The Temple’s Secret Tribute

Levying taxes without public consent has proven disastrous both in 17th century England and 18th century America. It may soon become apparent to the citizens of the developed world that, since 2008, they have effectively been being secretly taxed. The consequences could prove as revolutionary as before.

‘No taxation without representation’ proclaimed the Massachusetts lawyer, James Otis Jr. at the start of the American Revolution. He was echoing a century-old English sentiment first verbalised by John Hampden of Buckinghamshire who had opposed an earlier King’s demand for taxation without consent. And what was the tax that had pitted a soft spoken parliamentarian against Charles I? It was the ‘ship tax’ that was levied, in times of war, against only the coastal English counties, who had to provide him with ships or their monetary equivalent. This tax was exacted by royal prerogative and required no parliamentary approval. So far so good…but then Charles I, running short of money, decided to impose the ‘ship tax’ during peacetime, and, more confusingly, from counties that did not have a coastline, such as Buckinghamshire. So one of its landowners, John Hampden, disputed the tax, was hauled into court, and lost. But ultimately the concept he championed - of needing consent in order to tax - prevailed. It has since reverberated over the centuries as the consensual handshake in the social contract between the ruler and the ruled.

Modern day ship money
Since 2008, the lingering spectre of Charles I has haunted our modern day monarchs. They remain keen on spending but reticent on facing their public, as such excessive borrowing and spending is difficult to justify when there is no war. So what to do? Initiate a “taxation without consent” scheme, albeit with much greater finesse that Charles I.

So who is implementing our present day ‘ship tax’ on behalf of the King? The central banks. Central banks have two key customers: in peacetime, they attend to the banking system, in wartime they serve the government. Subjects understand the deal; debt is necessary to fight a war as are the taxes that follow. But we are currently at peace, and yet we are racking up wartime-like debts - the social contract is fraying. Central banks are no longer the independent bastion of monetary best practice but have become a mute adjunct to the government; they are our contemporary ‘ship tax-collectors.’ In times past a government in need of spending raised taxes; this was unpopular with their electorate, but a fact of life. Today during peacetime, they summon their new tax agency - the central bank.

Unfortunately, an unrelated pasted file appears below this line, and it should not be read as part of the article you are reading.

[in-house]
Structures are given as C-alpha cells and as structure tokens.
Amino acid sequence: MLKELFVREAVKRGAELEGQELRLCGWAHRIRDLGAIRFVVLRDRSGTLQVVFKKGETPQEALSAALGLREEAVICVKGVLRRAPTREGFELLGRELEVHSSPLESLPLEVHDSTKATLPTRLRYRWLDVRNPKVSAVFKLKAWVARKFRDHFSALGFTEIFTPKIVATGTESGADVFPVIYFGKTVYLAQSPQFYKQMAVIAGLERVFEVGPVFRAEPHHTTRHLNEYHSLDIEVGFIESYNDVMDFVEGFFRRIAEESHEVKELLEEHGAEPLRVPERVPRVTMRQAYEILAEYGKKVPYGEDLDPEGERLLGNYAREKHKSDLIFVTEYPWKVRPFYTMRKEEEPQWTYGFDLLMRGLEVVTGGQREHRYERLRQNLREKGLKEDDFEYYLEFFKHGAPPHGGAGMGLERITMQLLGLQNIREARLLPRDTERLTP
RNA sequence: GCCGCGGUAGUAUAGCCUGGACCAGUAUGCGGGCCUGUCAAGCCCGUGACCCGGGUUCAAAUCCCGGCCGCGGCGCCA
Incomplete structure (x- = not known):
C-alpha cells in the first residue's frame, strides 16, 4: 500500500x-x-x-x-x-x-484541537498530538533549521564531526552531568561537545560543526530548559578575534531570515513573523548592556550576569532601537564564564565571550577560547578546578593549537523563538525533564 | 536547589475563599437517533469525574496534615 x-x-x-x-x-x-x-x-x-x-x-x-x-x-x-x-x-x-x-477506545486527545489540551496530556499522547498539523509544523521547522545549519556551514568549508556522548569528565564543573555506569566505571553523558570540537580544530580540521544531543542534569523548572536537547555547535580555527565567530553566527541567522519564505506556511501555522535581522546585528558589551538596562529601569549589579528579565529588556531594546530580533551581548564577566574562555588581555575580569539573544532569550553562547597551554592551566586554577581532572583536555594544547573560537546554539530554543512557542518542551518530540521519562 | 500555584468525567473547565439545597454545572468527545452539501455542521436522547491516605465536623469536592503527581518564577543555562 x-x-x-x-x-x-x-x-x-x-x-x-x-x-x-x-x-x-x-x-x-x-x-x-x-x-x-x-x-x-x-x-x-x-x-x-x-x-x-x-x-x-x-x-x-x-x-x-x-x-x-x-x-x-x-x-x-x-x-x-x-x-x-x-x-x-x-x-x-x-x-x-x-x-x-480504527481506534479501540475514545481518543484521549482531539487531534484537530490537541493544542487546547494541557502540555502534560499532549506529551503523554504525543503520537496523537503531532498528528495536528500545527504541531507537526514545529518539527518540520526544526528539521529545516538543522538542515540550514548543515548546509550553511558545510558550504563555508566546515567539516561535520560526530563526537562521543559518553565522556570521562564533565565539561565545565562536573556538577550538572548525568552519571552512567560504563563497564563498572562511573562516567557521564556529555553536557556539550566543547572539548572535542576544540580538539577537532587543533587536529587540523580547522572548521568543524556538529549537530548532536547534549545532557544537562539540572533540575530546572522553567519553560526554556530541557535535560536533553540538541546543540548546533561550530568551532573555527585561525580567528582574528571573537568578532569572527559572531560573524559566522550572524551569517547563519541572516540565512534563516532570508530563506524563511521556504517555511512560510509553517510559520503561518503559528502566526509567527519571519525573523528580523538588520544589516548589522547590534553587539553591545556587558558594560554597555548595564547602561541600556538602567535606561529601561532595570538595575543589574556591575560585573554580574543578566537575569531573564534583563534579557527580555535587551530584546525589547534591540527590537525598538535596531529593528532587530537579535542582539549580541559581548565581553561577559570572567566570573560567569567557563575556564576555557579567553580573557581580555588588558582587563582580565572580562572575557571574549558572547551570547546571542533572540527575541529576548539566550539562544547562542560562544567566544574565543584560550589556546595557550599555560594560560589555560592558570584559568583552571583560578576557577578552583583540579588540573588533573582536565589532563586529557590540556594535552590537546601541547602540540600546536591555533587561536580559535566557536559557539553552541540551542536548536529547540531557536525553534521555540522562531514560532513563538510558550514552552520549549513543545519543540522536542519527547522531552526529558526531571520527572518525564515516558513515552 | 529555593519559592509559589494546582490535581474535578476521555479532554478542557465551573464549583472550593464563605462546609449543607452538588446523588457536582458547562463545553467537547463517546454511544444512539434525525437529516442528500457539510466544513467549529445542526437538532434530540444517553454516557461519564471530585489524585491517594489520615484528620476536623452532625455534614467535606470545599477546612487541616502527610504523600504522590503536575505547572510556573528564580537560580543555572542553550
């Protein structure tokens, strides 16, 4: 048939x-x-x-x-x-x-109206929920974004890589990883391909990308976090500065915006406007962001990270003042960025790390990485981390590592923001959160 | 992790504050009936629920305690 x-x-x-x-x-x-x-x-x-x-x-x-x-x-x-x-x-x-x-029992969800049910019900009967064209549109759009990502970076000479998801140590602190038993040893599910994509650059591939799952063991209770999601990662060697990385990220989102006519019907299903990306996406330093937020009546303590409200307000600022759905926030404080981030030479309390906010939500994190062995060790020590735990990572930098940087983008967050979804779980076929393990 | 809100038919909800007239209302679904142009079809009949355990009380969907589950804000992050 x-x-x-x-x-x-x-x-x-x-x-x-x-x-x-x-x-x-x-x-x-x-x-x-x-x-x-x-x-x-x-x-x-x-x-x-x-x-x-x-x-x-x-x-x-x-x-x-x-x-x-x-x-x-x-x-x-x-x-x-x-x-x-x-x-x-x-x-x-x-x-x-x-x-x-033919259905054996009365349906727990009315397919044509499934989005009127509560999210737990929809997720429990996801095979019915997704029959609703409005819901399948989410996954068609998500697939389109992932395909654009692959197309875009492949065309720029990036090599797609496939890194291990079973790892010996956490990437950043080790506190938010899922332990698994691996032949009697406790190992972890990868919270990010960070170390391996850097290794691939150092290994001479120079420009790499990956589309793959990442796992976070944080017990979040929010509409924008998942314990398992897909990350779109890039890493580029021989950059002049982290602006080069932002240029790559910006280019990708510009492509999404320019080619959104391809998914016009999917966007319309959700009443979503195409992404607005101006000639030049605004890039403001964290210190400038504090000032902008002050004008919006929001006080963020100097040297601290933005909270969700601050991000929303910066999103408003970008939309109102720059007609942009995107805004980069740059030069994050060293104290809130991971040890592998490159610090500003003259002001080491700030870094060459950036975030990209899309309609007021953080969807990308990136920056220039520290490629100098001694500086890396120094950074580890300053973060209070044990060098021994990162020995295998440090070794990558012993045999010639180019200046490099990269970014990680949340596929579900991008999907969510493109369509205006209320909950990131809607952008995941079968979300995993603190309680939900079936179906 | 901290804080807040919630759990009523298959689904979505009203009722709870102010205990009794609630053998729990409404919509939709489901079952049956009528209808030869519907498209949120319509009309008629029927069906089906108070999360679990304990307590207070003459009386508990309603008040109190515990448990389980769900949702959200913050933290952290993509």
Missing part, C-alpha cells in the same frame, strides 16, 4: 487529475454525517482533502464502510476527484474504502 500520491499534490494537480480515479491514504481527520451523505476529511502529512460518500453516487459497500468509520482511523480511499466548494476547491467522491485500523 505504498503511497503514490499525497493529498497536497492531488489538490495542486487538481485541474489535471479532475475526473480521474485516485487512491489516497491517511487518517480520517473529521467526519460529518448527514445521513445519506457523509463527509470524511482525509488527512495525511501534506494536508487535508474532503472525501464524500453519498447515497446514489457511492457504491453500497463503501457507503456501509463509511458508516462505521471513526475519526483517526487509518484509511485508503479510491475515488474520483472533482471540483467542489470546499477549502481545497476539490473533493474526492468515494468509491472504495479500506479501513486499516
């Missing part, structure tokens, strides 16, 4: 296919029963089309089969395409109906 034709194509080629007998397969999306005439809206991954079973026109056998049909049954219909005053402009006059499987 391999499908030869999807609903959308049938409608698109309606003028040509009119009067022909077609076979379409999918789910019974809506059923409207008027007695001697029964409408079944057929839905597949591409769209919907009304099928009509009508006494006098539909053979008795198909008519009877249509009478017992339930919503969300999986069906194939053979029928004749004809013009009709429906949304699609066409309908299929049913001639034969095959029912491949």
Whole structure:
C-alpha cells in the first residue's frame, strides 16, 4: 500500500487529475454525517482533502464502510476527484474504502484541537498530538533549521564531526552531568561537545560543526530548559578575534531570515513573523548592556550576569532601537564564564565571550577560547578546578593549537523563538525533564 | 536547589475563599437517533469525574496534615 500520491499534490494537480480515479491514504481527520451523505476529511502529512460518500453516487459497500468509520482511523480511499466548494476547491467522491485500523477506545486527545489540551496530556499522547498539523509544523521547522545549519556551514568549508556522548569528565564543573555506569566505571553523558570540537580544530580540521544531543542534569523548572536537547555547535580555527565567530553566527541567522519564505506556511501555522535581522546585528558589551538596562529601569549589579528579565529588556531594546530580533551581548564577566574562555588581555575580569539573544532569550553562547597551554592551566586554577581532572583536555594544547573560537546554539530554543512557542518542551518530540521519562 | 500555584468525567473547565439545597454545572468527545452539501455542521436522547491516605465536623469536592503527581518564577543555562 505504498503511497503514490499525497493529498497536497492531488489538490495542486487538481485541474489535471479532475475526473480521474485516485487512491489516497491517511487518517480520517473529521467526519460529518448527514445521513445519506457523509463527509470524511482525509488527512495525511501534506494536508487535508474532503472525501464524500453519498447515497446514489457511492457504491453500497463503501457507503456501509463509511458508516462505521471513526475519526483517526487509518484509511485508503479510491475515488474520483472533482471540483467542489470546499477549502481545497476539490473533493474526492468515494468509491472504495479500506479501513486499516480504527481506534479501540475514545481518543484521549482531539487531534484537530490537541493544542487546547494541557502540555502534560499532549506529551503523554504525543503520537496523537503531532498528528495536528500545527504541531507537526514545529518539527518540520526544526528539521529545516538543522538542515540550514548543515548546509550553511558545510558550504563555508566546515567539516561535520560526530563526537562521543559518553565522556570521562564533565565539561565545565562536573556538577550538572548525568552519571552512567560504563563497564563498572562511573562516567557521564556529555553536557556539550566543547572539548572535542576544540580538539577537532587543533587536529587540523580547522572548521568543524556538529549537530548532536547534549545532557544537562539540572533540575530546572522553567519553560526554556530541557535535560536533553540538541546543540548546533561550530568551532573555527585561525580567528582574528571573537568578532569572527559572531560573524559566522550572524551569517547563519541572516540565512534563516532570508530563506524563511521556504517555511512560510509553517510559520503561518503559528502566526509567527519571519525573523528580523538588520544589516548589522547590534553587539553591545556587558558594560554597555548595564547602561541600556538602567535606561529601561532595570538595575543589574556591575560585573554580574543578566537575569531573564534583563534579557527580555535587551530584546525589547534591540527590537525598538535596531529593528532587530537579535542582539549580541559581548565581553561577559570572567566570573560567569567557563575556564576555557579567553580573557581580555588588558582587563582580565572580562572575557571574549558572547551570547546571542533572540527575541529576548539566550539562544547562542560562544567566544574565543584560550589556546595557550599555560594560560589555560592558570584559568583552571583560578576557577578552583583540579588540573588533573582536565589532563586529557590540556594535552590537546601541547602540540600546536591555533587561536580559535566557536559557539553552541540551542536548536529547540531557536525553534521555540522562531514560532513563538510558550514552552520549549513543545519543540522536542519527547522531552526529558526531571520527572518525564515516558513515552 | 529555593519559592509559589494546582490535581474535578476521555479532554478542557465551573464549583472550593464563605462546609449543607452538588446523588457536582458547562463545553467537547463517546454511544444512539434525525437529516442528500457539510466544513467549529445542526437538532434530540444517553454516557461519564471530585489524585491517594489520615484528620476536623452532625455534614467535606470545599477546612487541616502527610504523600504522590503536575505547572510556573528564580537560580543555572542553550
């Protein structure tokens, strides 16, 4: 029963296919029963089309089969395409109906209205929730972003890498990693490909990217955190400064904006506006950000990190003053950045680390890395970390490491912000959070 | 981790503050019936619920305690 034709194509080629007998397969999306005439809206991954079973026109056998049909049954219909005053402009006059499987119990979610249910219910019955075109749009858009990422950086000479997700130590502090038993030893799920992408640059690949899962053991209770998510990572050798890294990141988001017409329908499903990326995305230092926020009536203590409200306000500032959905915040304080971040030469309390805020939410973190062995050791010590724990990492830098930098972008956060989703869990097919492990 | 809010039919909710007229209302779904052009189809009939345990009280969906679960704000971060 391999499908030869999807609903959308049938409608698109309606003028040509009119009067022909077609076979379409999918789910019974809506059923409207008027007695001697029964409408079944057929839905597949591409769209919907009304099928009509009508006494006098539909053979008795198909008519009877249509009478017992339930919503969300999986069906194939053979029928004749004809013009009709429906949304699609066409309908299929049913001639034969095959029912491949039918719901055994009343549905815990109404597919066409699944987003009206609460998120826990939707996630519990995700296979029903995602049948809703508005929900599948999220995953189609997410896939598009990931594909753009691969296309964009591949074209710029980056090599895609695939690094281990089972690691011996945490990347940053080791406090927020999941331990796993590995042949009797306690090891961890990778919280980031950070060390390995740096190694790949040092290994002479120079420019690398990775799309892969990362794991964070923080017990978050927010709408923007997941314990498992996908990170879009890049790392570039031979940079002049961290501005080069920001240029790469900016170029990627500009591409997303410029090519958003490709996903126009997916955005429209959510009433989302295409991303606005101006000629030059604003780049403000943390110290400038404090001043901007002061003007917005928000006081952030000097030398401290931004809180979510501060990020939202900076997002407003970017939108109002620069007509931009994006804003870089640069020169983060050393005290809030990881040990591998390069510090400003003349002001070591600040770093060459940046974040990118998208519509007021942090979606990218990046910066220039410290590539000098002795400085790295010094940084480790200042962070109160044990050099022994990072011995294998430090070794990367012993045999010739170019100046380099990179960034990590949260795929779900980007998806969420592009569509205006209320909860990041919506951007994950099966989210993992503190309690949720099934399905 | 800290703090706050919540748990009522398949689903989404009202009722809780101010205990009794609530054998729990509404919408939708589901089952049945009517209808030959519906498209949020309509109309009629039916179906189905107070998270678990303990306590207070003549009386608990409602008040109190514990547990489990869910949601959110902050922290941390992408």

A tax by any other name…
Over the last 8 years, in the developed world, government debt has doubled, but interest payments are barely changed, as the central banks pushed rates lower and lower, allowing the level of debt to surge without additional interest payments.

Inflation, over this period, has remained at 2%, while interest received, normally running at around the inflation level, has fallen to 0.2%.  This is an effective tax rate of 90%. For a saver with money in the bank, low interest rates are exceptionally taxing; it is an undeclared and concealed ‘ship tax’, a tax without consent, at the behest of the King, under the veil of an ‘independent’ central bank.

There is an additional ‘tax without consent’ wrapped up in this policy and it effects those people trying to buy assets using income. The QE policy has caused assets to rocket in price, but has left incomes stagnant. This can be viewed as a tax on those who do not own assets and a tax cut for those who do own assets. For the income earner who now wants to buy an asset, more needs to be set aside to achieve the purchase. This creates an additional tax ‘pinch point’ introduced by the central bank. Subjects feel both of these taxes, but seem unaware where the hidden burden comes from. The social contract continues to tear.

Survival constraints
Theoretically everything has a survival constraint, normally a simple calculation of money-in versus money-out. In peacetime when the government was funded by taxation this was their survival constraint. The King has now freed himself of this constraint via the central bank ship tax ruse; his subjects, however, remain under the yoke, continuing to pay taxes. This undermines the social contract and leads to consequences far beyond the financial with long-lasting results. The last time a King lost his head. Central Banks beware.

In cahoots?


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